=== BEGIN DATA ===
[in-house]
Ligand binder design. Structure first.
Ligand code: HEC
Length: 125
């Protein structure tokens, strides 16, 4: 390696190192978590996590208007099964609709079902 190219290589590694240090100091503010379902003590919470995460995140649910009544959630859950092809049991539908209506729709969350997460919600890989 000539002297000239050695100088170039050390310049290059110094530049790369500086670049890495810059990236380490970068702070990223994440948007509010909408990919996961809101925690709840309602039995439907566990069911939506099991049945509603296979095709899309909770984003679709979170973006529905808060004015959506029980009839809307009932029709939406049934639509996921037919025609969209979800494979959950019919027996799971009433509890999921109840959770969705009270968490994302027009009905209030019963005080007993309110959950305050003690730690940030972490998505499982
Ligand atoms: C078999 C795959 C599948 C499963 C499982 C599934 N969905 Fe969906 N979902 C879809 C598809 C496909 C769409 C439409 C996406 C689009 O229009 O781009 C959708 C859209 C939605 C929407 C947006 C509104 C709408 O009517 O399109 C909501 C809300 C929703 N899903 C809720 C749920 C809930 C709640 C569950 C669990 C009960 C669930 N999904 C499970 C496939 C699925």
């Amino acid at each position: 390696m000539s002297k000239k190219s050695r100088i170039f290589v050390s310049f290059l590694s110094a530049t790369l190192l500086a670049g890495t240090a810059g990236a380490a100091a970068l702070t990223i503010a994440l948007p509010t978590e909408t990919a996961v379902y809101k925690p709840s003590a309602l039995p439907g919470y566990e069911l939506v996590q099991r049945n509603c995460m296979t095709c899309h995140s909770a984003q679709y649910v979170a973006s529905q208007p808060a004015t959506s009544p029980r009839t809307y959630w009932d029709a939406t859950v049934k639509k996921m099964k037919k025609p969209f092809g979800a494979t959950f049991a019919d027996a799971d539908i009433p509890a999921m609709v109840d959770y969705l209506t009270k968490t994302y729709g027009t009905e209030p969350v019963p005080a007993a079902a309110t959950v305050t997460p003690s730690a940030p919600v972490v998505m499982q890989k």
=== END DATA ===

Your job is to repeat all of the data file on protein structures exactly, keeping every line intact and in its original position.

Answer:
[in-house]
Ligand binder design. Structure first.
Ligand code: HEC
Length: 125
């Protein structure tokens, strides 16, 4: 390696190192978590996590208007099964609709079902 190219290589590694240090100091503010379902003590919470995460995140649910009544959630859950092809049991539908209506729709969350997460919600890989 000539002297000239050695100088170039050390310049290059110094530049790369500086670049890495810059990236380490970068702070990223994440948007509010909408990919996961809101925690709840309602039995439907566990069911939506099991049945509603296979095709899309909770984003679709979170973006529905808060004015959506029980009839809307009932029709939406049934639509996921037919025609969209979800494979959950019919027996799971009433509890999921109840959770969705009270968490994302027009009905209030019963005080007993309110959950305050003690730690940030972490998505499982
Ligand atoms: C078999 C795959 C599948 C499963 C499982 C599934 N969905 Fe969906 N979902 C879809 C598809 C496909 C769409 C439409 C996406 C689009 O229009 O781009 C959708 C859209 C939605 C929407 C947006 C509104 C709408 O009517 O399109 C909501 C809300 C929703 N899903 C809720 C749920 C809930 C709640 C569950 C669990 C009960 C669930 N999904 C499970 C496939 C699925």
């Amino acid at each position: 390696m000539s002297k000239k190219s050695r100088i170039f290589v050390s310049f290059l590694s110094a530049t790369l190192l500086a670049g890495t240090a810059g990236a380490a100091a970068l702070t990223i503010a994440l948007p509010t978590e909408t990919a996961v379902y809101k925690p709840s003590a309602l039995p439907g919470y566990e069911l939506v996590q099991r049945n509603c995460m296979t095709c899309h995140s909770a984003q679709y649910v979170a973006s529905q208007p808060a004015t959506s009544p029980r009839t809307y959630w009932d029709a939406t859950v049934k639509k996921m099964k037919k025609p969209f092809g979800a494979t959950f049991a019919d027996a799971d539908i009433p509890a999921m609709v109840d959770y969705l209506t009270k968490t994302y729709g027009t009905e209030p969350v019963p005080a007993a079902a309110t959950v305050t997460p003690s730690a940030p919600v972490v998505m499982q890989k």